SO, SECURITY APPARATUS, CAPTURED EDUCATION SYSTEM AND RULE OF LAW......WHAT ELSE DOES A 5% NEED TO CONTROL THE MASSES? SHAM ELECTIONS. UNLIKE THIRD WORLD COUNTRIES, THE 1% CAN'T OPENLY KILL THEIR OPPONENTS YET......THEY CAN'T SEND THUGS IN TO STUFF THE BALLOT BOXES YET.....SO HOW TO ASSURE THAT THE CRONY POLITICAL SYSTEM THEY HAVE IN PLACE STAYS AS THE MASSES TRY TO UNSEAT THEM?
I HAVE SHOWN THAT THERE IS ELECTION FRAUD IN MARYLAND REGARDING A COMPLETE BLACKOUT OF PRIMARY COVERAGE BY MARYLAND MEDIA.....THIS IS SECOND WORLD FOR KILLING YOUR OPPONENT. YOU MAKE IT HARDER FOR OTHER PARTIES TO REGISTER......WHY DO YOU NEED TO GATHER SIGNATURES TO VOTE FOR THE GREEN OR LIBERTARIAN PARTIES IN CERTAIN STATES? THE MORE LONGTERM EFFORT TURNS TO BALLOT MANIPULATION AND A WEALTHY COUNTRY DOESN'T RESORT TO THUGS....THEY SIMPLY PLACE EVERYTHING REGARDING ELECTIONS ONLINE. HOW HARD IS IT TO HACK?.......EVEN BANKS AND THE GOVERNMENT CAN'T KEEP THEIR ACCOUNTS PROTECTED. WHO HAS ACCESS TO INFORMATION TRAVELLING THE INTERNET? BIG BROTHER BUSH AND OBAMA ARE RIGHT ON TOP OF THAT, AS ARE THE 1% WHO OWN GOOGLE AND FACEBOOK, THE MAIN, AND SOON TO BE ONLY MEDIATORS OF INFORMATION. IMAGINE YOUR VOTE AT HOME ON YOUR COMPUTER BEING CAST.........HOW DO YOU KNOW IT ARRIVES AND IS RECORDED CORRECTLY? YOU DON'T......REMEMBER, THERE IS NO ACCOUNTABILITY!
SO IF YOUR DEMOCRATIC POLITICIAN IS NOT SHOUTING LOUDLY AND STRONGLY AGAINST THIS MOVEMENT TO PUT ELECTIONS ONLINE.....IF THEY AREN'T SHOUTING THAT BALLOTS NEED TO HAVE A PAPER COMPONENT THAT GIVES PEOPLE PROOF THAT THEIR VOTE WAS RECORDED ACCURATELY.......THAT POLITICIAN IS NOT WORKING FOR THE MIDDLE/LOWER CLASS...... MARYLAND IS STRONGLY CONSIDERING ONLINE VOTING FOR ABSENTEE, THE FIRST STEP IN THIS CORRUPTION OF ELECTIONS PROCESS.
VOTE YOUR INCUMBANT OUT
Maryland election board looks at online ballot marking
May 29, 2012 By Glynis Kazanjian
The State Board of Elections may move to implement an online ballot marking system for all absentee voters in time for this year’s elections, depending on an opinion from the attorney general. But some voter advocacy groups worry about the potential for fraud.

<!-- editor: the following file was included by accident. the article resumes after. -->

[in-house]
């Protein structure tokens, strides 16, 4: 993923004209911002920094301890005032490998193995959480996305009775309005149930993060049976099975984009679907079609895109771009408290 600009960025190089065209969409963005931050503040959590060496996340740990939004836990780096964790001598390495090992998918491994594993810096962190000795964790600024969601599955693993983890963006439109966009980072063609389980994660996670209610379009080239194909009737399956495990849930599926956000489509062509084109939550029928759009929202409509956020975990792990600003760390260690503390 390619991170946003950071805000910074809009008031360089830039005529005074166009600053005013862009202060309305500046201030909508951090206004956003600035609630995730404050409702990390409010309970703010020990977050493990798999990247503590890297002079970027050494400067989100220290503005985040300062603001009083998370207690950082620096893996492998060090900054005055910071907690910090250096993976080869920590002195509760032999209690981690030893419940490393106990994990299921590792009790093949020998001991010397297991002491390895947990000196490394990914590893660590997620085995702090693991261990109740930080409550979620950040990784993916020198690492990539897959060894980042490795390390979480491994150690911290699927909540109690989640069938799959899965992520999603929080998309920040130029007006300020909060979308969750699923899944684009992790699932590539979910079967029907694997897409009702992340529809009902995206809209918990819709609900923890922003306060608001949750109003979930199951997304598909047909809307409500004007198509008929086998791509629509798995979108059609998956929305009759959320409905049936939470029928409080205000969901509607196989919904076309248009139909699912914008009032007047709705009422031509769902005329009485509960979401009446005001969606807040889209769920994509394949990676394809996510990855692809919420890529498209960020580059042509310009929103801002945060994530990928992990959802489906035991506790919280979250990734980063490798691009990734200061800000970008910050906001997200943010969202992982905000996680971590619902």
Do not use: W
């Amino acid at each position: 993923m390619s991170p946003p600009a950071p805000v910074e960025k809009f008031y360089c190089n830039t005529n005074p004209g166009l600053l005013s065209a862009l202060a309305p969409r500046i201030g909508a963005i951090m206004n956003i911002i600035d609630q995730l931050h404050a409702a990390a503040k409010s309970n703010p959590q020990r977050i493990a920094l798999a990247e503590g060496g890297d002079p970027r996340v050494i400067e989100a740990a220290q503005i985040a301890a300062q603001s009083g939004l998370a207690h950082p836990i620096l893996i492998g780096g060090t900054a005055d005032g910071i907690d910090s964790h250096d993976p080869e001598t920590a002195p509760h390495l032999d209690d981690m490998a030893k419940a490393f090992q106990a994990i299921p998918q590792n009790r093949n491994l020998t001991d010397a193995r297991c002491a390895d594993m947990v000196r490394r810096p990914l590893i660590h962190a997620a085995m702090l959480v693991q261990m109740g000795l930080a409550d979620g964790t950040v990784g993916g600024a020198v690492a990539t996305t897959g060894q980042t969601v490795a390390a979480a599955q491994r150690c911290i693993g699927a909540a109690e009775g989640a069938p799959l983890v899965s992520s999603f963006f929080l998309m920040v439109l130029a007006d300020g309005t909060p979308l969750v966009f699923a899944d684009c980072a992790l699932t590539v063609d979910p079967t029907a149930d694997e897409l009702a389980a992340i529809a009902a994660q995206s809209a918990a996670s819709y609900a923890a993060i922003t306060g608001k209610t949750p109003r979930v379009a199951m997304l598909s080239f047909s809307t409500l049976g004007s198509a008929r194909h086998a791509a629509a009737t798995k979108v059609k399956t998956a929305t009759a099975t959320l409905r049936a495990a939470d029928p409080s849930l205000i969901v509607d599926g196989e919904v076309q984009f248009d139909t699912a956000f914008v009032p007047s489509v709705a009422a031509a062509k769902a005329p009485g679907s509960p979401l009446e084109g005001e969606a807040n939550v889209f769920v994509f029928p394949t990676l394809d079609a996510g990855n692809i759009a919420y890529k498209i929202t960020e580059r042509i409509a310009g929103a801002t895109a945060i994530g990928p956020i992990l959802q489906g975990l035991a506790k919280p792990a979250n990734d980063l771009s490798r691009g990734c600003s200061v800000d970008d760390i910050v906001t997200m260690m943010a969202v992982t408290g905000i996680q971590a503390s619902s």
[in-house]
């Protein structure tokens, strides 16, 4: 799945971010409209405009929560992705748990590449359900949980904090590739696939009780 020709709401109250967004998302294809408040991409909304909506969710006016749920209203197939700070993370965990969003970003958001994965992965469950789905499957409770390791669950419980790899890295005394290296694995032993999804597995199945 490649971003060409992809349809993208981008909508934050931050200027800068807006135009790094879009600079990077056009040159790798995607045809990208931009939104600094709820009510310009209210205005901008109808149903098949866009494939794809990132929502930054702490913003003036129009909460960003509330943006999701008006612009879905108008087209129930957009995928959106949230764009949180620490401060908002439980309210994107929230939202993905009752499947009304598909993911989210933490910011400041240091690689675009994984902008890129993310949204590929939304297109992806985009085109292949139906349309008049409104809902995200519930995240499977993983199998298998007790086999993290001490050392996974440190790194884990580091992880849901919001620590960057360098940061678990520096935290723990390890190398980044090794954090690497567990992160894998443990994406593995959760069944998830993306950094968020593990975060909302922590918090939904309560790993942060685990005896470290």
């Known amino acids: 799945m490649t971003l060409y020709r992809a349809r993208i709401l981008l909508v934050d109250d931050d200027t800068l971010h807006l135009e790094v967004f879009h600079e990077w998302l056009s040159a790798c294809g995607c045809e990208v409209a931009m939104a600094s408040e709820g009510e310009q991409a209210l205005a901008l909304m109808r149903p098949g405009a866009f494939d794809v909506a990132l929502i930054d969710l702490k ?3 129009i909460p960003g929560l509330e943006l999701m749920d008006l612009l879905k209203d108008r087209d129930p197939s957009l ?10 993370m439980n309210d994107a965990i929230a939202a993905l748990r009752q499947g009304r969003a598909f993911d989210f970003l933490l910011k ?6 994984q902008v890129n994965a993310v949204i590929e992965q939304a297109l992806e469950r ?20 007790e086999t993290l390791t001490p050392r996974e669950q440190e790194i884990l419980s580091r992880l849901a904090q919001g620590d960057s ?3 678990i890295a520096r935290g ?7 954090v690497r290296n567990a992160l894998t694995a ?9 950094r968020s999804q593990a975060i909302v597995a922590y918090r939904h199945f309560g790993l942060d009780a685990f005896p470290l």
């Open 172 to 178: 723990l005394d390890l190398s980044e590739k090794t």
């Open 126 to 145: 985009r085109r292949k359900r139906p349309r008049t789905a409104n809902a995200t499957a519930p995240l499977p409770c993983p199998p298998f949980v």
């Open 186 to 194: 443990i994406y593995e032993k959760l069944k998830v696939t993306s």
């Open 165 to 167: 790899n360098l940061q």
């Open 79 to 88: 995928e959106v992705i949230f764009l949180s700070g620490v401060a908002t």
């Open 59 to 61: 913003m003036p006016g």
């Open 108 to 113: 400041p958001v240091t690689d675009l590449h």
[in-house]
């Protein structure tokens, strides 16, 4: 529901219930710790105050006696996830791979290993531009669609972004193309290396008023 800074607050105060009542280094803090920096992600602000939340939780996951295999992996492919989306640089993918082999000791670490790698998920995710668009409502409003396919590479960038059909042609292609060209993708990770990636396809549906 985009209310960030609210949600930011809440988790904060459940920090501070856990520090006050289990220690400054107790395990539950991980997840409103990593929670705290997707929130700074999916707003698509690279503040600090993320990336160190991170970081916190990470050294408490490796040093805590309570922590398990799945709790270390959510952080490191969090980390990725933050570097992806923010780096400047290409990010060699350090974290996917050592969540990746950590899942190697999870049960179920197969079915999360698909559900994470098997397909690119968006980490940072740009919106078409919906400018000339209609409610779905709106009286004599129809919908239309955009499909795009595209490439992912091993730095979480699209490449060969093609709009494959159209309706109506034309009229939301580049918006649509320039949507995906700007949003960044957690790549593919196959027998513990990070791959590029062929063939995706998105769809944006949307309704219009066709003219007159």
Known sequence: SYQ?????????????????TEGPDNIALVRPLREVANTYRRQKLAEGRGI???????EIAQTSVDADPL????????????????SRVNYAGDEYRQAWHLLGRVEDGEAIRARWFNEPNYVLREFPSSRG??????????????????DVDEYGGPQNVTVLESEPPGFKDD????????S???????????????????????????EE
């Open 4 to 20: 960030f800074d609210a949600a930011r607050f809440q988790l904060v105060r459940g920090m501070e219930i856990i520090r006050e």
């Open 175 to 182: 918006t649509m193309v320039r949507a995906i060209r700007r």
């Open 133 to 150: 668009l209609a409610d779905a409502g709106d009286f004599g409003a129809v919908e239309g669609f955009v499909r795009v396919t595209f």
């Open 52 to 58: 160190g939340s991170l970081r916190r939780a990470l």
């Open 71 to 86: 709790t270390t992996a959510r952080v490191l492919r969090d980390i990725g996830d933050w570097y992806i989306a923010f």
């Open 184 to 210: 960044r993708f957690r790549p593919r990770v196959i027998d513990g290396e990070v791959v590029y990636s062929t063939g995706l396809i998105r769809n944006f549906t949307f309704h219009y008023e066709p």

The move to online ballot marking comes after a 2010 federal mandate that required states to provide overseas voters and active military personnel with access to online absentee ballot applications.
The attorney general’s opinion, requested by Sen. Edward Kasemeyer, would say whether or not the elections board should seek federal and state certification for the online ballot marking tool. The board staff is currently developing the device through a Department of Defense grant.
Certification would test the system and look for vulnerable areas, including where fraud or manipulation could occur. All whole voting systems are federally required to receive certification, but the state board argues the ballot marking tool would be only part of a voting system.
Group worries about voter fraud
Some critics, including the voter integrity group SaveOurVotes, say that without proper federal and state certification, there is a high risk for voter fraud and a potential breach of security of voter information.
“Voting system certification requirements exist to ensure that voting equipment conforms to consistent standards that safeguard our elections against tampering and error,” SaveOurVotes Co-Director Rebecca Wilson wrote in an April 30 letter to Attorney General Douglas Gansler. “Waiving certification requirements for such an undeveloped and untested system as this would set a dangerous precedent.”
The U.S. Election Assistance Commission (EAC) offered an informal opinion on the matter in February at the request of State Elections Board Administrator Linda Lamone. The commission staff said that an online ballot marking wizard did not meet the definition of a voting system and therefore “was not considered eligible for testing and certification under the EAC program.”
The Election Assistance Commission is supposed to have a fourfive-member board, but it hasn’t had a quorum since December 2010 and currently has no board members serving.
Federal requirements for military and overseas
In early 2010, the federal Military and Overseas Voter Empowerment Act (MOVE Act) required states to provide active military personnel and overseas voters with an electronically downloadable online ballot. The state elections board implemented the change as required, but went beyond the scope of the mandate by allowing all domestic voters to request absentee ballots over the Internet.
As a result, almost 80% of 11,375 absentee voters that received their 2010 ballots online were “domestic, civilian voters,” according to an elections board memo.
Some critics charge the expansion to all absentee voters occurred without a formal board vote. The board did vote to approve the absentee ballot application, 4-0, on Feb. 25, 2010, but minutes from January and February 2010 board meetings do not indicate a distinction was made between MOVE Act absentee voters and in-state absentees.
A state regulation the board published March 12, 2010 only refers to “voters authorized to vote under the Uniformed and Overseas Citizens Absentee Voting Act.”.
But state board deputy administrator Ross Goldstein said staff used the word “voter” and it was not limited in any way.
“The board was informed of our plans and had two different opportunities to vote on the concept of sending ballots to voters via the online delivery system,” Goldstein said.